I recently had the chance to travel to Washington, D.C. and spend seven days at a national leadership conference learning about civility and exploring our nation's capitol. One of our stops on the National Mall stood out to me from the rest.
This is what I learned at the United States Holocaust Memorial Museum:
Phylip Gibbs, Personal Photo
Not too long ago, a people took it upon themselves to unleash unprecedented terror on an entire ethnic group with the full intention of wiping that group off the face of the earth. We know those events today as the Holocaust. Probably the most sickening fact is that the Nazis and their leader, Adolf Hitler, believed they were doing the right thing in purging the world of Jews, "non-Aryan" people, and anyone who disagreed with Nazi ideology. They believed they were doing a service to mankind. Prominently displayed throughout the museum are the words, "Never stop asking why." The moment we stop-the moment we forget the errors of our ancestors-is the moment we are prone to repeat them.
I think we're afraid of people who are different than we are; we feel threatened by what we don't understand. Sometimes even to the point of adopting an "us versus them" mindset that can vilify and eventually dehumanize anyone we perceive to be unacceptably different. Evil takes root when people stop caring enough to act.
Why were Hitler's discriminatory policies so successful? They worked so well because people stopped caring. That apathy soon turned to hatred and, because no one cared enough to stop it, that hatred took on an even darker form...genocide.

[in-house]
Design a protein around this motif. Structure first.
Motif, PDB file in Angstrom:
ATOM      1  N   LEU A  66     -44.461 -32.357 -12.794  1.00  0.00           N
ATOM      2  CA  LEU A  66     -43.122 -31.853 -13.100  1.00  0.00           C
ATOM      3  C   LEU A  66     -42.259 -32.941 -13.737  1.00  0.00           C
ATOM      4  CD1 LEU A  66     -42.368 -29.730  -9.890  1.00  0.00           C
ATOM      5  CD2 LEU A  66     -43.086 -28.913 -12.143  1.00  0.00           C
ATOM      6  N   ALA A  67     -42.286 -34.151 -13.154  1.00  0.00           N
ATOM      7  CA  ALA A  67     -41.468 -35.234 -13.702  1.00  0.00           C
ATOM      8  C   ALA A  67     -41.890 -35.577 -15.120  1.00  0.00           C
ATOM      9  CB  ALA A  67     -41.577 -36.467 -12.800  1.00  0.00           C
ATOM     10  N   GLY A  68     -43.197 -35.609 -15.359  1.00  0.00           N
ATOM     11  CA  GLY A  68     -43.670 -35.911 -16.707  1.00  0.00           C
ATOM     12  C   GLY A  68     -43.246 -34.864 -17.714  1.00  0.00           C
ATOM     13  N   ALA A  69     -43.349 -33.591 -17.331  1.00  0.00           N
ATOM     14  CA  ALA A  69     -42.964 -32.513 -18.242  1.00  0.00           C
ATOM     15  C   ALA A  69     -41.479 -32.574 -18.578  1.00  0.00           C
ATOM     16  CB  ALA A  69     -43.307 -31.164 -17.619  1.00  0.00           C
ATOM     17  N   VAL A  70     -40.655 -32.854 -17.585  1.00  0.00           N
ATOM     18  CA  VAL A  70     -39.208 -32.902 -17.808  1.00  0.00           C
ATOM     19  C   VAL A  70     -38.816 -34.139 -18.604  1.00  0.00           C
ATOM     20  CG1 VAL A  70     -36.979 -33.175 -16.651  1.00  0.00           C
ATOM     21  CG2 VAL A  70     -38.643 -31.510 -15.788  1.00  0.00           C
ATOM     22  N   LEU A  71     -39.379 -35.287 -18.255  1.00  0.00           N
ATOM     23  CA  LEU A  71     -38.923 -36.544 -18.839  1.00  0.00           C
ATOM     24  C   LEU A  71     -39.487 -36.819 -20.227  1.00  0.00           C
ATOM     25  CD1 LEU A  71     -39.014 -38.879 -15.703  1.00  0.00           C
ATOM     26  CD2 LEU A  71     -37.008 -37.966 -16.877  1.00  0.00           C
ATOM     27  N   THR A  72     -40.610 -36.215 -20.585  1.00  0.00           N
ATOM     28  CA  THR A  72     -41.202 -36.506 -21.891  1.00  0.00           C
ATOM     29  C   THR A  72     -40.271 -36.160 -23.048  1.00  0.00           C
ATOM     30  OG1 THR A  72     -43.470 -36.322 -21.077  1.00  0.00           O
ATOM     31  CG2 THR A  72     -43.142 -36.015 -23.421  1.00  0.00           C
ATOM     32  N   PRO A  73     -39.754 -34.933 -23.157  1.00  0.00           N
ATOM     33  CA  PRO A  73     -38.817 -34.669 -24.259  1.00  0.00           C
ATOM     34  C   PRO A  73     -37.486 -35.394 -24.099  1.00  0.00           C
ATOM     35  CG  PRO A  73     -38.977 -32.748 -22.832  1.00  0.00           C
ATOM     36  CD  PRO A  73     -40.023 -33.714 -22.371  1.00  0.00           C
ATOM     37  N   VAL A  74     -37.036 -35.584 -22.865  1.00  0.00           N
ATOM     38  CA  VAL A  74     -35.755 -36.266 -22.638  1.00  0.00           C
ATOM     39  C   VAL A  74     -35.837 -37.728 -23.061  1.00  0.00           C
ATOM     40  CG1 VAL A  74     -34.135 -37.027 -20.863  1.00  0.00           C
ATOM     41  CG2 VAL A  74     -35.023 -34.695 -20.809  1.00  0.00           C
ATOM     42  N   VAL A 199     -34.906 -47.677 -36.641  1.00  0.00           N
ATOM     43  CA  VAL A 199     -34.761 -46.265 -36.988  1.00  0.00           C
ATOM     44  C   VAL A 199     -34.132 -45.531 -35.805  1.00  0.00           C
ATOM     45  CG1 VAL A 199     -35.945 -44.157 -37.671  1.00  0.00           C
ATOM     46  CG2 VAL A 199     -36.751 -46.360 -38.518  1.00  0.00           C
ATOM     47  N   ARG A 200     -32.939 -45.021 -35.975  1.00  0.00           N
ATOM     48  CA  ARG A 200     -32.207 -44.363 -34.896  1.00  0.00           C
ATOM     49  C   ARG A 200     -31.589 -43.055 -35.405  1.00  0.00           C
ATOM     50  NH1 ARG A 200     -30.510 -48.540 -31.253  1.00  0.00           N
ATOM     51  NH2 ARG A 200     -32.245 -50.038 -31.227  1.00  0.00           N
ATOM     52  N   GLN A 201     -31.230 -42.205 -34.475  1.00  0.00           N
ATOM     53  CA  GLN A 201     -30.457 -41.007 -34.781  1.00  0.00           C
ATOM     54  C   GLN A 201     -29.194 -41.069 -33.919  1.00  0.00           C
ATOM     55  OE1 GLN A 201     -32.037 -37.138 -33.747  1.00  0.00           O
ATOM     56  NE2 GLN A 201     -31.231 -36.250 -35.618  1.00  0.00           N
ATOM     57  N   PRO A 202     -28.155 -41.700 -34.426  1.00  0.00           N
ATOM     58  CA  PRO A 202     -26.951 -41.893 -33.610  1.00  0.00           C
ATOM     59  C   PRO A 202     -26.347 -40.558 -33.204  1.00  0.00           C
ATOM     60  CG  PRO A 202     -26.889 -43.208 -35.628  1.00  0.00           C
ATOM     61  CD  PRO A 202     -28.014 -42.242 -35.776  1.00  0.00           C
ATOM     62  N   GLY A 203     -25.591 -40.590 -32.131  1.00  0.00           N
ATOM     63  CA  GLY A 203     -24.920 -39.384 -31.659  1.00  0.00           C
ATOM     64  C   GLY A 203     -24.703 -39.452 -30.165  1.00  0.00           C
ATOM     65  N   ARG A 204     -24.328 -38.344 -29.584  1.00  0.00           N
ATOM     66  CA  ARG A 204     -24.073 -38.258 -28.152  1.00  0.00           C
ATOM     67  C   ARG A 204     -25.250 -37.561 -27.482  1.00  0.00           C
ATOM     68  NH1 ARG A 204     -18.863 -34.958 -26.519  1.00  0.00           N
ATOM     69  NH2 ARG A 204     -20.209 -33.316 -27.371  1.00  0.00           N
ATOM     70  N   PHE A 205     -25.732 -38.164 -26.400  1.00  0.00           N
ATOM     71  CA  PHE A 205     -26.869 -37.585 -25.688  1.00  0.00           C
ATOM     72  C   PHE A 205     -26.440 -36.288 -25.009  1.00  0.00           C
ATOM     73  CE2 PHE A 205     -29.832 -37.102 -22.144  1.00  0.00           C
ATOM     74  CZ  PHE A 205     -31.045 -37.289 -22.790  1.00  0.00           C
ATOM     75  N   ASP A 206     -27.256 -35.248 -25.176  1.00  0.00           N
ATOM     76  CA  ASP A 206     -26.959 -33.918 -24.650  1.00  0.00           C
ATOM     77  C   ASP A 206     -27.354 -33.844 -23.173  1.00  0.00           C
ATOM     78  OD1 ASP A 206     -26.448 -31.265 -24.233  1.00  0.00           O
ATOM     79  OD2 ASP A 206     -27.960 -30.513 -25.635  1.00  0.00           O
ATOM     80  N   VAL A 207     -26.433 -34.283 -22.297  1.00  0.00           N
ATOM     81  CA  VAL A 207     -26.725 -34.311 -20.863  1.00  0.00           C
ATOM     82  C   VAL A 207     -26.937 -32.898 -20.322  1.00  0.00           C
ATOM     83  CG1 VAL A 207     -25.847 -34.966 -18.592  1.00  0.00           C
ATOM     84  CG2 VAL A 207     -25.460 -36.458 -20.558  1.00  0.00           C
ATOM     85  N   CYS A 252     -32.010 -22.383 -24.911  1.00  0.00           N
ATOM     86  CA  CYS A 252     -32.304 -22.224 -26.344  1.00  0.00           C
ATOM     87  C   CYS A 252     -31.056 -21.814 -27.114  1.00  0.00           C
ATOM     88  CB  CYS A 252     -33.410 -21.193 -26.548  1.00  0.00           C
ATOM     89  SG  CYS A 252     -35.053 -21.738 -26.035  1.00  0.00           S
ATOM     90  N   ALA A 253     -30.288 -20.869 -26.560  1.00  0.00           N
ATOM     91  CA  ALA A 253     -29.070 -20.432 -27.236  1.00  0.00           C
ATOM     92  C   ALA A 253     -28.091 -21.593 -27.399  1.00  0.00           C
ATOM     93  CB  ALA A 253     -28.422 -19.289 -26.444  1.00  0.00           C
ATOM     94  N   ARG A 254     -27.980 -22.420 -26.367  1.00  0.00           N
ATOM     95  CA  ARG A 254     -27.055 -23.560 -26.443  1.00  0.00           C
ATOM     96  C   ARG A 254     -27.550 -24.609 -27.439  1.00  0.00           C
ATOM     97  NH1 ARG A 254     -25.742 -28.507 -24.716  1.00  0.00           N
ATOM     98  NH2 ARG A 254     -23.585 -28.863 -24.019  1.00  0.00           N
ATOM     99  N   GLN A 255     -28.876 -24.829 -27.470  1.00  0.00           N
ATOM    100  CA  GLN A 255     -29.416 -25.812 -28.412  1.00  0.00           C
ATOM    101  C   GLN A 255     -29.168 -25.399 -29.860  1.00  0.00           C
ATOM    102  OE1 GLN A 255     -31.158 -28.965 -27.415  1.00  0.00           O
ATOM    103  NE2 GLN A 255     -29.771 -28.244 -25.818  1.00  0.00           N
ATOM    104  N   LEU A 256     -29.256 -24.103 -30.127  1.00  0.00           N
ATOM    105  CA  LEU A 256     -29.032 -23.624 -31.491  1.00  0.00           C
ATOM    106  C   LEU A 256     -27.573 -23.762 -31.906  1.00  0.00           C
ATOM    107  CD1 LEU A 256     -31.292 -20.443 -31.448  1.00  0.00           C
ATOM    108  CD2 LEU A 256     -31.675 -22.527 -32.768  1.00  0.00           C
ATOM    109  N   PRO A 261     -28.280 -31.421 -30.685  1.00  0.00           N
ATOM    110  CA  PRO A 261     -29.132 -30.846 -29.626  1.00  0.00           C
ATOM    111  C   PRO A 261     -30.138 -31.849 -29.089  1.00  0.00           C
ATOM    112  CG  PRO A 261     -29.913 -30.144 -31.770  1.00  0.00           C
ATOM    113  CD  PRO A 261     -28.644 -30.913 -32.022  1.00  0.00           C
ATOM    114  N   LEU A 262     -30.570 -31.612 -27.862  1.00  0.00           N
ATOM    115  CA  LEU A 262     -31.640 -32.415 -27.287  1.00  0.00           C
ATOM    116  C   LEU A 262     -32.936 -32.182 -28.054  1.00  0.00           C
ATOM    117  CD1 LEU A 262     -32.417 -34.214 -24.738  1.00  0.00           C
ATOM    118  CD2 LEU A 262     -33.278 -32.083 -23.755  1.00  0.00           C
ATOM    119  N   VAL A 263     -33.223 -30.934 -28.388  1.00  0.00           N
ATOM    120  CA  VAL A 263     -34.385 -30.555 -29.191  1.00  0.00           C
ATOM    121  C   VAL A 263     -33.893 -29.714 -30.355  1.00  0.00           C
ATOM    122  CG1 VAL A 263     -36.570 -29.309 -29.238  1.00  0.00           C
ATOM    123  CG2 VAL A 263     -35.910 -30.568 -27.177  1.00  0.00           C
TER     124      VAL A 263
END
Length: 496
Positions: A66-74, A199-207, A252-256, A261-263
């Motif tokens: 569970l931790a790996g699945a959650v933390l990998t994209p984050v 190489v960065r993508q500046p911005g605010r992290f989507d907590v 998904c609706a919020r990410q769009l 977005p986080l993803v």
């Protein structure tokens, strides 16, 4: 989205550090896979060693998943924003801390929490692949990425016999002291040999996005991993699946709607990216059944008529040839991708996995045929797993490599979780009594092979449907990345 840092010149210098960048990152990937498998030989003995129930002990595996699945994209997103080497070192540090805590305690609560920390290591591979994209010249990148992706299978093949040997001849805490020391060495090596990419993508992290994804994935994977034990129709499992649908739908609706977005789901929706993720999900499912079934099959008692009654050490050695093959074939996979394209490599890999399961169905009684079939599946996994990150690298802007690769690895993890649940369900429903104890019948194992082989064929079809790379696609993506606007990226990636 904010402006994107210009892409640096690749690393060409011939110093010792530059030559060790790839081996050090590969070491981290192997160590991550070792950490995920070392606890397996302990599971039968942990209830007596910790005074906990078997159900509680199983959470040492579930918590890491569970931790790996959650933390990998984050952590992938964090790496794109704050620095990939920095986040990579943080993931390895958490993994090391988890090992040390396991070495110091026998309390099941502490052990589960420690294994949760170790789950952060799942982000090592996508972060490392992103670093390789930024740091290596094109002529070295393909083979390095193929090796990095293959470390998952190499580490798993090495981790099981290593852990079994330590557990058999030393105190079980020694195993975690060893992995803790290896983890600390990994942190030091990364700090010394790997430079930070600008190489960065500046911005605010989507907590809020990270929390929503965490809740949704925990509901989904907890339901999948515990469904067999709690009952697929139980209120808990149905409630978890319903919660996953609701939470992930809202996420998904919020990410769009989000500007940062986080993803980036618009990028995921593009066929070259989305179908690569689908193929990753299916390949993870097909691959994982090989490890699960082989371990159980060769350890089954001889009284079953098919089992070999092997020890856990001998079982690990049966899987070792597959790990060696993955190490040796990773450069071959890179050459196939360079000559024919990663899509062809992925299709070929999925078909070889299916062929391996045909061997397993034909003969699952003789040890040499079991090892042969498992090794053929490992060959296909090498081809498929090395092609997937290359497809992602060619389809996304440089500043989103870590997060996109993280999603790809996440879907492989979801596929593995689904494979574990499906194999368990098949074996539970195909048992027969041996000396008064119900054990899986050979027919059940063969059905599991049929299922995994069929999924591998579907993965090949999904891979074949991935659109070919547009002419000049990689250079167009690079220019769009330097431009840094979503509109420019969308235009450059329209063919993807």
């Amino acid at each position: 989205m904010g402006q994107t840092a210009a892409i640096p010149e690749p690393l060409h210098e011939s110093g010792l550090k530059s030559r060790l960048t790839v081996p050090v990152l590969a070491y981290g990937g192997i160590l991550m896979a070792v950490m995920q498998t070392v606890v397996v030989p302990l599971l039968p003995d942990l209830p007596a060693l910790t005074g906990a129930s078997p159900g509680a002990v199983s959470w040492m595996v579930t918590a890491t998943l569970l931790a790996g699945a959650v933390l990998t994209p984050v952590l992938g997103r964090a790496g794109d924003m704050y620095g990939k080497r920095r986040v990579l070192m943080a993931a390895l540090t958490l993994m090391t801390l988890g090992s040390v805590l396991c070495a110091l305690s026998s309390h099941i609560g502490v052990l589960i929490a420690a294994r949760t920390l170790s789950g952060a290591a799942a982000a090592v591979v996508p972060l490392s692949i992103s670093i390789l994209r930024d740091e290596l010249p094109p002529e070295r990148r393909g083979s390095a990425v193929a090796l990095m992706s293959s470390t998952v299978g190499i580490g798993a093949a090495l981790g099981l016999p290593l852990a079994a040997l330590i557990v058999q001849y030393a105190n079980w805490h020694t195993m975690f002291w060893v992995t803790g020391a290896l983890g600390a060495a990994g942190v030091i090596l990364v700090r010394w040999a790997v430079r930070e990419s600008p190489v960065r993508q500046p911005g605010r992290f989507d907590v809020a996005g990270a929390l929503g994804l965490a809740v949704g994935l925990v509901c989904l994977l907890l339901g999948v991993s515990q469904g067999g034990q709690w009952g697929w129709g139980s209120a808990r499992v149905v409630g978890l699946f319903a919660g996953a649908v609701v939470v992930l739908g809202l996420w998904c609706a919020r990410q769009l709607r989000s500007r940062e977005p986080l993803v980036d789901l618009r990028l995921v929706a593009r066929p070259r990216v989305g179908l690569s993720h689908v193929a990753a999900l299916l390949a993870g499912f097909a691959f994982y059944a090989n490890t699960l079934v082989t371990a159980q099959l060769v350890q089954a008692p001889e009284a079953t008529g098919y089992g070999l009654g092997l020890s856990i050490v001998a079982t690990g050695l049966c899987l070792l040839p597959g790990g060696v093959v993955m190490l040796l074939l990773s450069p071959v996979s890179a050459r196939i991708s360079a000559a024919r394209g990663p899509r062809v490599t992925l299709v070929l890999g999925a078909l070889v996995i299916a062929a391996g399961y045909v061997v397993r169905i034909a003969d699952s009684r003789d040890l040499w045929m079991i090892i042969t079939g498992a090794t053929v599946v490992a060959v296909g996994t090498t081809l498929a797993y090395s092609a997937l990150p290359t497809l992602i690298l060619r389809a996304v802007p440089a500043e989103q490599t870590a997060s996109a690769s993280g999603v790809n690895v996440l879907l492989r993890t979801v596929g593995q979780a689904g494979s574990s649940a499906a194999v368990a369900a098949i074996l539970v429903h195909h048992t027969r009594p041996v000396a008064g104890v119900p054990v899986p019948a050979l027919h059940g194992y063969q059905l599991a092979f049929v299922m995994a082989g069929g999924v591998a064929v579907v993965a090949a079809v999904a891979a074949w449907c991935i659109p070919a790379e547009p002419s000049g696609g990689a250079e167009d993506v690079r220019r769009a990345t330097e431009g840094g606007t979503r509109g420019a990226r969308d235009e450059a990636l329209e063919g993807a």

We need to realize that we aren't all that different from each other. Believe it or not, there are actually some things we all have in common. We're each passionate about something. Our focuses may be different, our paths might not look the same, but we each understand what it means to be fascinated; we all know how to dream. There is hope for our future, and let me tell you: it is so bright. We just have to choose to see it.
Phylip Gibbs, Personal Photo
As we visited the other memorials and museums around the National Mall, I overheard several of my friends wishing that they had only lived back in the days of Thomas Jefferson or Abraham Lincoln. Then it hit me—someday people will wish they had lived in our time. Whether we like it or not, the 21st century will be ancient history someday. Let's give them a past worth remembering. All it took was one man to birth a movement that would destroy more than 17 million lives. Imagine what would happen if just one person exhibited that same drive and passion today…but for good. If all it takes is one to initiate change—good or bad—why aren't we acting? If all it takes is one, why aren't we moving? How far we are willing to go? How much are we willing to sacrifice? Imagine what life could be like if a group of individuals with that intensity of passion came together for good. The world would never be the same.